# Calculating Impulse Without Force or Time

• Skye425
In summary, the conversation discusses a physics homework problem involving two objects colliding. The initial momentum and masses of the objects are given, but the forces and time are not specified. The question asks for the impulse applied to the system by external forces, but without more information, it is impossible to calculate. The conversation concludes by suggesting that there may be no external force or impulse at all.
Skye425

"Object A has mass mA = 7 kg and initial momentum vector pA,i = < 17, -8, 0 > kg · m/s, just before it strikes object B, which has mass mB = 11 kg. Just before the collision object B has initial momentum vector pB,i = < 3, 5, 0 > kg · m/s.
The forces that A and B exert on each other are very large but last for a very short time. If we choose a time interval from just before to just after the collision, what is the approximate value of the impulse applied to the two-object system due to forces exerted on the system by objects outside the system?"

i already calculated the total momentum of the system to be <20, -3, 0> kg m/s but i just can't figure out how to calculate the impulse without a given force or time.

Last edited:
There is no way to tell from the information given. Are you sure you stated the problem correctly?

First of all, there's no time, so impulse cannot be found.

Also, you cannot analyze a collision of any sort withou knowledge of what kind of collision it is. Therefore the total momentum of the system is a useless value, because you don't know if the collision is elastic, inelastic, or something in between.

Finally, it asks for the force exerted by an external force, but it isn't stated what happens to the system. If the time is immediately after the collision, there is no external force on the system at all yet.

Actually, that might be the answer. No force or impulse at all from the outside.

## 1. How do you calculate impulse without force or time?

To calculate impulse without force or time, you can use the equation impulse = mass x change in velocity. This equation is based on Newton's second law, which states that force equals mass times acceleration. By rearranging the equation, you can solve for impulse without needing to know the force or time.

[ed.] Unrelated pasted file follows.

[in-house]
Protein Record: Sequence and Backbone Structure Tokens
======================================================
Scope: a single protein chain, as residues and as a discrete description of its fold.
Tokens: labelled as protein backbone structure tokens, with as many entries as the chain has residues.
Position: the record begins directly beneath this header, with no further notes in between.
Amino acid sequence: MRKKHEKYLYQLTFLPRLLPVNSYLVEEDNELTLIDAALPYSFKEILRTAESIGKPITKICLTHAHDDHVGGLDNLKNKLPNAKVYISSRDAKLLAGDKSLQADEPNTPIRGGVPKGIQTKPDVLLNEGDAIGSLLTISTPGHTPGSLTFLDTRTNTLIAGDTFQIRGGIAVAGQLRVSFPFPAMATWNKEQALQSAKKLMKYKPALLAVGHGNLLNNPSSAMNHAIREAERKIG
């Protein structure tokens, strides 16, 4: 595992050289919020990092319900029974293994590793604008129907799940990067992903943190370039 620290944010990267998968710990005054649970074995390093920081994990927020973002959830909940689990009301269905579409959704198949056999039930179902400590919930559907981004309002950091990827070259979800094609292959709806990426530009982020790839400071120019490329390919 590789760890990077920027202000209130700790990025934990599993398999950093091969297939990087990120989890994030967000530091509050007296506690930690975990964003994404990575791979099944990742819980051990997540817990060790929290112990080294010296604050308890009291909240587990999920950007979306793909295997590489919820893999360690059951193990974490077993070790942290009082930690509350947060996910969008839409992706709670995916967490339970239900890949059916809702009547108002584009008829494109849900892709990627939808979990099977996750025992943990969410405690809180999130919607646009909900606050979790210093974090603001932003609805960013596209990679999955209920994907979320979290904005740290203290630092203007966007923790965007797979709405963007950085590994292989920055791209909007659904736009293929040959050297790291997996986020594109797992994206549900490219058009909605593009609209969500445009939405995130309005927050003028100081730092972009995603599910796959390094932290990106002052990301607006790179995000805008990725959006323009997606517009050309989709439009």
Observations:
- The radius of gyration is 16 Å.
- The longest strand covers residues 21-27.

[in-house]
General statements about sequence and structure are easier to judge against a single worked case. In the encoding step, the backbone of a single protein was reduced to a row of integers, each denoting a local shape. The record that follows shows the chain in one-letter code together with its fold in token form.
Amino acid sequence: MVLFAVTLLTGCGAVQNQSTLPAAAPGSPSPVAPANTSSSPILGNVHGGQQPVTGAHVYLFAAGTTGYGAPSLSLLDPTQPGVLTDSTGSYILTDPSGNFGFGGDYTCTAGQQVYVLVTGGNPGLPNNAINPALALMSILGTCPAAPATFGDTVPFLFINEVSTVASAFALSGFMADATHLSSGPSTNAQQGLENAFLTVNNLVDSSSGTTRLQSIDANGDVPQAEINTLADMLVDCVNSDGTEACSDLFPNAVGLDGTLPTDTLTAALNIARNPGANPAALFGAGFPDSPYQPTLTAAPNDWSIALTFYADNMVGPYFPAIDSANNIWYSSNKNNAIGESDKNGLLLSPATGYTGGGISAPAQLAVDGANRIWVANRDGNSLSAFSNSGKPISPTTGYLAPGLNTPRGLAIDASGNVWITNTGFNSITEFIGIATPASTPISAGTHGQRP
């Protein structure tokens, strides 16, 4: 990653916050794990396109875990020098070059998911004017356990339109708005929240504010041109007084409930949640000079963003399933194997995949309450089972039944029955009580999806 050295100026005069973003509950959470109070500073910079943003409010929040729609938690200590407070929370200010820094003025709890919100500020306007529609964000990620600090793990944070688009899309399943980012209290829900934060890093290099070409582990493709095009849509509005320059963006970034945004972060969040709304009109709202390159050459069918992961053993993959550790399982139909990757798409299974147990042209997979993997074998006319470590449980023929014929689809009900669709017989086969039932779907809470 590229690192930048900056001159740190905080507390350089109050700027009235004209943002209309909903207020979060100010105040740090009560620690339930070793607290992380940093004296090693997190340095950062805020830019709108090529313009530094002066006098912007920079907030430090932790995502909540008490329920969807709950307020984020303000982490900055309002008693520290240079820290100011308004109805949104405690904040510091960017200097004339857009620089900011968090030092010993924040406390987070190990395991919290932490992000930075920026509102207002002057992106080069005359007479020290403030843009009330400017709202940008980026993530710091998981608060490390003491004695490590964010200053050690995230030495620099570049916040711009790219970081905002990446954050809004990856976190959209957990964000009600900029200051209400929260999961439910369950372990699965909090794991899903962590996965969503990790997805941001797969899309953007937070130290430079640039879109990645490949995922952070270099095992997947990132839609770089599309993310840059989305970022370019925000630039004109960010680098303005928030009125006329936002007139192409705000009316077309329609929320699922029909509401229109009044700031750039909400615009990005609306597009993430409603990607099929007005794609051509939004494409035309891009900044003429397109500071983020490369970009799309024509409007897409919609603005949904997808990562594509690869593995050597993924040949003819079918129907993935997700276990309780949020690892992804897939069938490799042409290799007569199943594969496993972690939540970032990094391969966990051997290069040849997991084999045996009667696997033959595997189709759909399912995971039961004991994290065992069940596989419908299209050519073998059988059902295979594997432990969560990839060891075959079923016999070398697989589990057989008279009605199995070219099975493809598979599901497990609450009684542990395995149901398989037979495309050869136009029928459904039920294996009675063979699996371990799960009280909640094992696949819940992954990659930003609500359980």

## 2. Can you give an example of calculating impulse without force or time?

Yes, for example, if a 2 kg object is moving at a velocity of 5 m/s and then changes its velocity to 10 m/s, the change in velocity would be 5 m/s. To calculate the impulse, you would multiply the mass (2 kg) by the change in velocity (5 m/s), resulting in an impulse of 10 kg*m/s.

## 3. Why is it useful to calculate impulse without force or time?

Calculating impulse without force or time can be useful in situations where the force or time is unknown or difficult to measure. It allows you to still determine the change in momentum of an object, which is important in understanding the overall motion and interactions of objects.

## 4. What units are used for impulse?

The units for impulse are usually expressed as kg*m/s, which can also be written as Newton seconds (N*s). This is because impulse is a combination of mass and velocity, which are measured in kilograms and meters per second, respectively.

## 5. Can you calculate impulse without knowing the initial and final velocities?

No, knowing the change in velocity is necessary to calculate impulse without force or time. If only one velocity is known, it is not possible to determine the change in velocity and therefore the impulse. However, if the initial and final velocities are the same, the change in velocity would be 0 and the impulse would also be 0.

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